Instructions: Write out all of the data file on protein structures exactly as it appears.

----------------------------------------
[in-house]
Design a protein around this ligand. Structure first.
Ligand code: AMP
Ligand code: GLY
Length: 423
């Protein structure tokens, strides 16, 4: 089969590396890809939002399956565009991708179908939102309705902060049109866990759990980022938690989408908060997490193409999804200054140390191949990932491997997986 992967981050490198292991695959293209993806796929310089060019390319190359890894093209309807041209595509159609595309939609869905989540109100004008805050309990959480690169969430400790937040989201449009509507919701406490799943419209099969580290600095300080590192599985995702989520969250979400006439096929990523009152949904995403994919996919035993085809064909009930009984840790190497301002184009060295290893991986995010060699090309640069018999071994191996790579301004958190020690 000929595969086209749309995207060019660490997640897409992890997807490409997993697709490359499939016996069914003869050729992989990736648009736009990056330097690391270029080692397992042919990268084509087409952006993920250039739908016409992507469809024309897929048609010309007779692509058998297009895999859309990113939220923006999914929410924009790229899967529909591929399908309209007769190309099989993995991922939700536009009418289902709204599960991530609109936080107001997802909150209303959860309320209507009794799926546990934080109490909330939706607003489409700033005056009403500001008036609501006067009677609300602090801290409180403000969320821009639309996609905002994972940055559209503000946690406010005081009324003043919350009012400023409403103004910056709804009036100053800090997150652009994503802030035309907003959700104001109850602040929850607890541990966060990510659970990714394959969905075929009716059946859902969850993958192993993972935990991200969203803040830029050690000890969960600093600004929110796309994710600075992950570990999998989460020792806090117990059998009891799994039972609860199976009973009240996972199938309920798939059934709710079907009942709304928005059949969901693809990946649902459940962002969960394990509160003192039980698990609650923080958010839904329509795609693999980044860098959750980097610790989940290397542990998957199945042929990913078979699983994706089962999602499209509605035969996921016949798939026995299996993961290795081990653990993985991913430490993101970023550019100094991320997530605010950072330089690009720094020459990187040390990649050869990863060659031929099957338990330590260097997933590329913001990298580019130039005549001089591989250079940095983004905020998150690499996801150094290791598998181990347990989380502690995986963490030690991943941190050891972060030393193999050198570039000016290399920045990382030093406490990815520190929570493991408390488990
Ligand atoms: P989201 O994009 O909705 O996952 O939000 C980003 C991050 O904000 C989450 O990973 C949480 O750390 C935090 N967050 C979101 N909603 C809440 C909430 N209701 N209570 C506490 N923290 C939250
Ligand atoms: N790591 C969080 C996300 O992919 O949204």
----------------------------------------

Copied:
[in-house]
Design a protein around this ligand. Structure first.
Ligand code: AMP
Ligand code: GLY
Length: 423
């Protein structure tokens, strides 16, 4: 089969590396890809939002399956565009991708179908939102309705902060049109866990759990980022938690989408908060997490193409999804200054140390191949990932491997997986 992967981050490198292991695959293209993806796929310089060019390319190359890894093209309807041209595509159609595309939609869905989540109100004008805050309990959480690169969430400790937040989201449009509507919701406490799943419209099969580290600095300080590192599985995702989520969250979400006439096929990523009152949904995403994919996919035993085809064909009930009984840790190497301002184009060295290893991986995010060699090309640069018999071994191996790579301004958190020690 000929595969086209749309995207060019660490997640897409992890997807490409997993697709490359499939016996069914003869050729992989990736648009736009990056330097690391270029080692397992042919990268084509087409952006993920250039739908016409992507469809024309897929048609010309007779692509058998297009895999859309990113939220923006999914929410924009790229899967529909591929399908309209007769190309099989993995991922939700536009009418289902709204599960991530609109936080107001997802909150209303959860309320209507009794799926546990934080109490909330939706607003489409700033005056009403500001008036609501006067009677609300602090801290409180403000969320821009639309996609905002994972940055559209503000946690406010005081009324003043919350009012400023409403103004910056709804009036100053800090997150652009994503802030035309907003959700104001109850602040929850607890541990966060990510659970990714394959969905075929009716059946859902969850993958192993993972935990991200969203803040830029050690000890969960600093600004929110796309994710600075992950570990999998989460020792806090117990059998009891799994039972609860199976009973009240996972199938309920798939059934709710079907009942709304928005059949969901693809990946649902459940962002969960394990509160003192039980698990609650923080958010839904329509795609693999980044860098959750980097610790989940290397542990998957199945042929990913078979699983994706089962999602499209509605035969996921016949798939026995299996993961290795081990653990993985991913430490993101970023550019100094991320997530605010950072330089690009720094020459990187040390990649050869990863060659031929099957338990330590260097997933590329913001990298580019130039005549001089591989250079940095983004905020998150690499996801150094290791598998181990347990989380502690995986963490030690991943941190050891972060030393193999050198570039000016290399920045990382030093406490990815520190929570493991408390488990
Ligand atoms: P989201 O994009 O909705 O996952 O939000 C980003 C991050 O904000 C989450 O990973 C949480 O750390 C935090 N967050 C979101 N909603 C809440 C909430 N209701 N209570 C506490 N923290 C939250
Ligand atoms: N790591 C969080 C996300 O992919 O949204």